If you think this may help you (the technique, not the book), it’s worth considering carefully who to ask to listen to your work. Ideally, you need an audience (I say audience, it only needs to be an audience of one) who represents your target readers' knowledge of the subject. If you’re uncomfortably asking family members, approach friends instead. This is where a writers’ group can be useful. Not only are they used to listening to other writers’ work, but they may also help you with practical suggestions on how to clarify your idea.

If you’re going to read out your work to others, then a little preparation is recommended. First, read it out aloud to yourself, alone. Do that initial editing - for missing words, and repetitions. Make sure you’re comfortable with reading it out, rather than stumbling over every other word. Being able to deliver the text with confidence will help listeners. 

We writers tend not to like being the centre of attention, but stand up in front of your audience if you can. It helps with breathing, which makes speaking easier. Lift your head up. Don’t talk down at your notes. Instead, talk to your audience. 

Don’t bombard them with too much information. Refrain from reading out all 10,000 words of the chapter you’ve completed. Just read out the section that deals with one idea.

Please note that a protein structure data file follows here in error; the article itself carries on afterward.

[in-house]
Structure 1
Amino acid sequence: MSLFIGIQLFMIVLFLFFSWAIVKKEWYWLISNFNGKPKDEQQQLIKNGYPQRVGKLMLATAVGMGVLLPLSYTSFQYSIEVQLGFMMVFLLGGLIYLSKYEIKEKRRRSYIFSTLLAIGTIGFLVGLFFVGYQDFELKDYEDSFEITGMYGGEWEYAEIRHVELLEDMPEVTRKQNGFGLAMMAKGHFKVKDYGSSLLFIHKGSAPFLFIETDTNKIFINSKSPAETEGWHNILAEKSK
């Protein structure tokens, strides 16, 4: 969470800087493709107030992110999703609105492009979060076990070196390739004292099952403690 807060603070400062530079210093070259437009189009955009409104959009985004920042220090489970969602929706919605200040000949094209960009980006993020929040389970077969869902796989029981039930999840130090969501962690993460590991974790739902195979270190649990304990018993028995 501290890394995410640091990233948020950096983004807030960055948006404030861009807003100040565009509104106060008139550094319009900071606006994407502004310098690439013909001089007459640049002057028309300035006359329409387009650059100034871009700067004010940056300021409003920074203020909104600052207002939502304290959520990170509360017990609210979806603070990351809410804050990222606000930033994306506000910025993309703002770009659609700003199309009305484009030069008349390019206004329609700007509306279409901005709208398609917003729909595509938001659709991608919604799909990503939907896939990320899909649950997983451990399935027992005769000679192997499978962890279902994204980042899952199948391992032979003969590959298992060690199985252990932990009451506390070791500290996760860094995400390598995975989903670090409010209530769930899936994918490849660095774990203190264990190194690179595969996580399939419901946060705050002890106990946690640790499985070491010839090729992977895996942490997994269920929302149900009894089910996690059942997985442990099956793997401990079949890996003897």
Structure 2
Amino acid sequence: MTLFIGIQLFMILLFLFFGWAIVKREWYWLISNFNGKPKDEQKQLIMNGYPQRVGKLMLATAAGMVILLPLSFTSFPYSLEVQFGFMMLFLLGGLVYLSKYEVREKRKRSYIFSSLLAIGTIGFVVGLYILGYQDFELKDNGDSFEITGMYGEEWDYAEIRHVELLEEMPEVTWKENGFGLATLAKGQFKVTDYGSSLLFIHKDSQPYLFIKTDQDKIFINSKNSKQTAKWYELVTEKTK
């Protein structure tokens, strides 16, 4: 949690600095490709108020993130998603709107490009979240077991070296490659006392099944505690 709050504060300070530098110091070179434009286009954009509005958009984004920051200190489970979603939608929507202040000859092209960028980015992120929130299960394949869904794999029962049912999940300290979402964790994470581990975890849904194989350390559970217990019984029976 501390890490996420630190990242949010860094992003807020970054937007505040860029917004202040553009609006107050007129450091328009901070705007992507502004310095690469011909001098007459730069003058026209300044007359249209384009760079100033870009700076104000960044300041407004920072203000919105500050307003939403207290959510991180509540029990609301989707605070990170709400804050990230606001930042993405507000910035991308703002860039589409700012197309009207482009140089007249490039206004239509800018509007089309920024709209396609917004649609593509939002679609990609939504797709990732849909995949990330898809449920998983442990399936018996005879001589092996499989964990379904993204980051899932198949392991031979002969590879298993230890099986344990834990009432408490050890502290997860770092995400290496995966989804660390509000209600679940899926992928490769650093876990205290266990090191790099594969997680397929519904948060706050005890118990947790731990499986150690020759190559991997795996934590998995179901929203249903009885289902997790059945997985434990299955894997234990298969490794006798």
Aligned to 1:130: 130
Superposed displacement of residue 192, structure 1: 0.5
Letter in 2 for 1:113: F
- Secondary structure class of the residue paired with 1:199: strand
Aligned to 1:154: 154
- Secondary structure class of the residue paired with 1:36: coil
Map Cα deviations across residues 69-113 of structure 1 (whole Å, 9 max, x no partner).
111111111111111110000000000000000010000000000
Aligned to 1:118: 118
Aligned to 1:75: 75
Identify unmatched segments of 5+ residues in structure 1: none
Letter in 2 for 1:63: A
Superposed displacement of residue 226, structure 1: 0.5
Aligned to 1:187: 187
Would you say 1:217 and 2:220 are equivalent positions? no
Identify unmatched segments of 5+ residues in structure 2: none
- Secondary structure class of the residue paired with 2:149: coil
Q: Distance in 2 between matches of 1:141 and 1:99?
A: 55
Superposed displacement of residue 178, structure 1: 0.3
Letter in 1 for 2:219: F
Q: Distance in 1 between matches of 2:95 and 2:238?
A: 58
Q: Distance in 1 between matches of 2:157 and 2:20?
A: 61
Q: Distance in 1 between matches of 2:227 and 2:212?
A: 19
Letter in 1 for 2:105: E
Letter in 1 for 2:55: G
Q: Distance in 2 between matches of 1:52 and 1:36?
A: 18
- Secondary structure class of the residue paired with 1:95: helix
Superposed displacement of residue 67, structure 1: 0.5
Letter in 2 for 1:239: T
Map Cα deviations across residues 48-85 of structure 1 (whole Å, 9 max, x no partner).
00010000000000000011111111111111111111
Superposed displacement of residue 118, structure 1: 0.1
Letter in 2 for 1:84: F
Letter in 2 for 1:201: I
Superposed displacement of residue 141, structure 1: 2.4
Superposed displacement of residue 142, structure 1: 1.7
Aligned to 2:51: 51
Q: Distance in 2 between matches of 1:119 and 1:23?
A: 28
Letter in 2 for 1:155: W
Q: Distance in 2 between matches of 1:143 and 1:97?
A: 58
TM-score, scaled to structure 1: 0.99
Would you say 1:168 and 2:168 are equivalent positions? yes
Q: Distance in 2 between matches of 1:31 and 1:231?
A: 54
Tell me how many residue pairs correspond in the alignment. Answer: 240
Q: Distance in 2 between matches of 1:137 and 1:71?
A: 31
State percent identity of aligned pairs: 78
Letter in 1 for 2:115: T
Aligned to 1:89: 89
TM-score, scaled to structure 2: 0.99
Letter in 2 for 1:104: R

Then ask your audience to explain your idea back to you, to see if they fully understand it. Someone might just say something that enables you to add the clarity that enables everyone to see.

It’s just an idea … but one that seems to have worked well for Enders. Just read some of her reviews on Amazon. Her readers are glad that she did. As am I.

Good luck. 

Monday, 1 February 2016

The Cheque's In The Post

A couple of weeks ago I had a travel piece published in The People’s Friend. It wasn’t until I updated my records to show this had been published that I realised I hadn’t been paid. Or rather, I hadn’t updated my records to show this payment. The nice thing about DC Thomson, who publish The People’s Friend, is that they pay on acceptance.

I’d written the piece way back last July and submitted it in August, so it was bound to be back then. I went through my accounts and couldn’t find anything. It wasn’t easy, because I’ve done quite a bit of work for them this year, so there were several payments of the same amount, but all related to different projects. After much searching through my files and accounts I realised that I hadn’t been paid.

I know this is something many students worry about. but in my experience it is rare. In fact, I have more of a problem of being paid for pieces without knowing what the money is for! (I have one such situation now, where I’ve been paid for a piece, but the magazine has several, so I don’t know which piece it relates to, because it hasn’t been published yet.)